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Evaluation of whole-genome sequencing of Mycobacterium tuberculosis isolates in clinical laboratory

E Sodja(1) S Truden(1) M Žolnir-Dovc(1)

1:University Clinic Golnik

Rapid development of whole-genome sequencing (WGS) has facilitated the interpretation of genetic patterns underlying phenotypic resistance in Mycobacterium tuberculosis (MT). To evaluate WGS in Laboratory for Mycobacteria (University Clinic Golnik, Slovenia), we retrospectively selected 66 MT isolates with suspected drug resistance from the National Mycobacterial Strain Collection in years 1996-2020. Additionally, 125 MT isolates from years 2021-2023 were prospectively included.

In retrospective cohort with high percent of resistant MT isolates (64/66; 97%), we observed different levels of agreement between phenotypic drug susceptibility testing (pDST) and WGS for different antibiotics (rifampicin 98.5%, ethambutol 92.3%, pyrazinamide 90.9%, ethionamide 84.1%, isoniazid 81.8%). One possible explanation for lower agreement between methods for detecting isoniazid resistance is that 9/66 (14%) were phenotypically sensitive to INH, where promoter mutation–57c>t in oxyR-ahpC was detected using WGS. For other antibiotics, such comparison was limited due to low number of MT isolates tested with pDST and due to detection of lesser-known mutations with yet unknown impact on resistance.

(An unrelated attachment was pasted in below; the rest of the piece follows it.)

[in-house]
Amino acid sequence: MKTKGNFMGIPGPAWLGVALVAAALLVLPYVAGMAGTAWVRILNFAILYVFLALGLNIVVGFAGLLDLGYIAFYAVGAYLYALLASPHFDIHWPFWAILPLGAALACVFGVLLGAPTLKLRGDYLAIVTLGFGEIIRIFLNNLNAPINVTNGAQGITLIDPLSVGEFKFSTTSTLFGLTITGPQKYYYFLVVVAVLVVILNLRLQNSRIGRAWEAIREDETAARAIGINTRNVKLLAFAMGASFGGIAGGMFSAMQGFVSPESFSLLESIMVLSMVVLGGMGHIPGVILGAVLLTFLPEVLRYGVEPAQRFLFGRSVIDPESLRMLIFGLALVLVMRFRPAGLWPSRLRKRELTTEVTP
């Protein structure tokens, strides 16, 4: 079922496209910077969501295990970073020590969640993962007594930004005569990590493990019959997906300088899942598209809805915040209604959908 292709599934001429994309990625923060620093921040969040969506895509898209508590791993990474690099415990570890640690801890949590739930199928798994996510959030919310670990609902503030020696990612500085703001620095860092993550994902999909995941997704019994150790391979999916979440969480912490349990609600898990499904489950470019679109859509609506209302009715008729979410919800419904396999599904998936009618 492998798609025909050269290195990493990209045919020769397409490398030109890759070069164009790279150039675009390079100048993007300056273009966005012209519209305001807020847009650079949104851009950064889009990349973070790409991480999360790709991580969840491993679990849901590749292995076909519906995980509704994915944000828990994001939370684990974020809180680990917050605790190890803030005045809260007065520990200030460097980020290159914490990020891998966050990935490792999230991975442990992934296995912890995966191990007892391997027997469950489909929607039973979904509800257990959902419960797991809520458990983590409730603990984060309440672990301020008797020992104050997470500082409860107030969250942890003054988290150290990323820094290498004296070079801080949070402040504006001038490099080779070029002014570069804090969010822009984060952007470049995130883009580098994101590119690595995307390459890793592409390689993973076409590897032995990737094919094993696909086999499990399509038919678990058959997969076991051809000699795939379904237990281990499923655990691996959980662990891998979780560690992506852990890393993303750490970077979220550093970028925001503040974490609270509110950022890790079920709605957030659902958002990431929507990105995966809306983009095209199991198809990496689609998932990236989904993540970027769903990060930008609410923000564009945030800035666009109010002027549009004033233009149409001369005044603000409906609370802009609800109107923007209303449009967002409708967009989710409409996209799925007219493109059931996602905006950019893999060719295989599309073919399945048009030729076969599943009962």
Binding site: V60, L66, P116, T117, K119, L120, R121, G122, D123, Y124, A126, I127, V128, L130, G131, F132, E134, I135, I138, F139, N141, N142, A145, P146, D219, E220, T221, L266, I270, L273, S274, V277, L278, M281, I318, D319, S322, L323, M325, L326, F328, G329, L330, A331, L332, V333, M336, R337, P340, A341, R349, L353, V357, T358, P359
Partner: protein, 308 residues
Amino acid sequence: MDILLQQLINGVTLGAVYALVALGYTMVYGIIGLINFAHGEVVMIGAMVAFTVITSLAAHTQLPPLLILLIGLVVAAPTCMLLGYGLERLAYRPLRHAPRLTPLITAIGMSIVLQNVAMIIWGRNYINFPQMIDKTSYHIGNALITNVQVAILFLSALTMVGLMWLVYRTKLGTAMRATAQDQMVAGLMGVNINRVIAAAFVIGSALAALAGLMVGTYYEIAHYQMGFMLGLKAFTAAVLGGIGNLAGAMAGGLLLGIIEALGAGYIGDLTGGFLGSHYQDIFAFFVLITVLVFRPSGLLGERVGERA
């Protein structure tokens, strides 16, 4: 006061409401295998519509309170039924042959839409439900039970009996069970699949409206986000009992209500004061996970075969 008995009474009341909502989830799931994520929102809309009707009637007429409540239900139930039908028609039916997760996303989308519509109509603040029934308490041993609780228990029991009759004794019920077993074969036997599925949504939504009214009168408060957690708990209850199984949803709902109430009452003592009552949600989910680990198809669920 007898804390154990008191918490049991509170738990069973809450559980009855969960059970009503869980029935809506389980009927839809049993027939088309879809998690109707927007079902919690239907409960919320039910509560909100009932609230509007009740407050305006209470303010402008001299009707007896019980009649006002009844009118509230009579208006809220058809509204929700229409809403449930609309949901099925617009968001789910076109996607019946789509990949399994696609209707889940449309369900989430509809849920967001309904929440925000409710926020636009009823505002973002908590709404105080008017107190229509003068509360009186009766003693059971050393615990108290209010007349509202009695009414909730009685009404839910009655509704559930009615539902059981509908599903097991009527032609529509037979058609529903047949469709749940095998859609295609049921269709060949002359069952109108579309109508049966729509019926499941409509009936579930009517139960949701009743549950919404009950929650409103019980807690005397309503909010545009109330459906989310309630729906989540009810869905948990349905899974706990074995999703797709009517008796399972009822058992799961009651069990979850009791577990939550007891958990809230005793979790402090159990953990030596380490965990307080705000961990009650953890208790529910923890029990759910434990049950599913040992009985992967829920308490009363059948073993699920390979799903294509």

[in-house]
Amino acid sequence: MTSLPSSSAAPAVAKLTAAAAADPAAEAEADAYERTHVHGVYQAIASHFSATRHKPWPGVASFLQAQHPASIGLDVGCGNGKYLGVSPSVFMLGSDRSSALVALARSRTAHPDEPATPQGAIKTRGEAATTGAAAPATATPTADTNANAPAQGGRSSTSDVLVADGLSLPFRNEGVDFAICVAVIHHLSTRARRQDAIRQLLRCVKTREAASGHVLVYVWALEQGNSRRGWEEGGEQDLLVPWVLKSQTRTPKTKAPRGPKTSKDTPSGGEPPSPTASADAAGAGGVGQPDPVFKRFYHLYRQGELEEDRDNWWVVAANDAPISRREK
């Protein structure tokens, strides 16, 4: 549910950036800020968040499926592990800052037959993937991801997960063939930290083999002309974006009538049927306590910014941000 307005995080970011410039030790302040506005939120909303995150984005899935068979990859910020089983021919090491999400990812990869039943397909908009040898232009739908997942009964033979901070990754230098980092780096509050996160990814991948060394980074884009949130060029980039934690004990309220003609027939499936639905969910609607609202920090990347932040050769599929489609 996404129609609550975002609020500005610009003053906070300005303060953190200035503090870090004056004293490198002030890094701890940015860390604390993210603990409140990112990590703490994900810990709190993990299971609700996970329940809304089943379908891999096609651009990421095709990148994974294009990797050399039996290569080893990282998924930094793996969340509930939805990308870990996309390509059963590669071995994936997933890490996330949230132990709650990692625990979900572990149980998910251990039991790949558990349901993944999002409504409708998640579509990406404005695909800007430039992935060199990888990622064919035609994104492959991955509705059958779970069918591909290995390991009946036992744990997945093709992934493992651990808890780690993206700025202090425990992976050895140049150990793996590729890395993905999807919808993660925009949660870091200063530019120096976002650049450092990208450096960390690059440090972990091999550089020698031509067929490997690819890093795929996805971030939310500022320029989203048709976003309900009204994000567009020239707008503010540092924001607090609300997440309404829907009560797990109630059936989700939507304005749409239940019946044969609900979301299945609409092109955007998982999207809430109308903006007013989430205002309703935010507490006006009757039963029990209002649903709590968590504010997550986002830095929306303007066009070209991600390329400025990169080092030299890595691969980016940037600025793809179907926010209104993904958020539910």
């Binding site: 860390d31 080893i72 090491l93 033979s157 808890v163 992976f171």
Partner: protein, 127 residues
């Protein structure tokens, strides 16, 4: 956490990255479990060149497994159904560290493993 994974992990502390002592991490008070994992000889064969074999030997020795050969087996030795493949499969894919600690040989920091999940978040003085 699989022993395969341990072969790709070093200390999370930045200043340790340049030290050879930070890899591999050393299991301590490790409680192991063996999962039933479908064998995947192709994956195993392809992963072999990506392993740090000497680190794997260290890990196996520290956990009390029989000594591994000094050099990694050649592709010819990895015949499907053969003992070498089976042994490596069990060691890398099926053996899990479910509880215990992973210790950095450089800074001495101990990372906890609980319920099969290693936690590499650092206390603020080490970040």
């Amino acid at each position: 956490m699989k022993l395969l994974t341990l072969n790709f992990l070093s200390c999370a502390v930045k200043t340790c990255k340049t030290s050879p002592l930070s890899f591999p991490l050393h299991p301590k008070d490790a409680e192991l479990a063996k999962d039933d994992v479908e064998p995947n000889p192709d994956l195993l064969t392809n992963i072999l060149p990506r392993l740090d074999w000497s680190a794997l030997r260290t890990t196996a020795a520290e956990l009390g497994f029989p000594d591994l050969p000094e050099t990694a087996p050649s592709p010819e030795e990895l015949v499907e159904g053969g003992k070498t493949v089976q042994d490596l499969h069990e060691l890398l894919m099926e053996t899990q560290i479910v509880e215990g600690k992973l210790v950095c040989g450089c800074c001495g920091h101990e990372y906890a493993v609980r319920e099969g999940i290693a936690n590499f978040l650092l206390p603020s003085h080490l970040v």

Prospectively, only six MT isolates (6/125; 5%) harboured different mutations linked to drug resistance. Resistance for all six MT isolates was confirmed with pDST leading to 100% with WGS. Most prevalent mutation was c-15t in fabG1, which was detected in four MT isolates with ETH and low level INH resistance.

To summarize, WGS proved to be useful in detecting resistance at the least for the first line antibiotics. To strengthen the power of WGS, the inclusion of isolates from different geographical regions in WHO mutation catalogue is necessary. 

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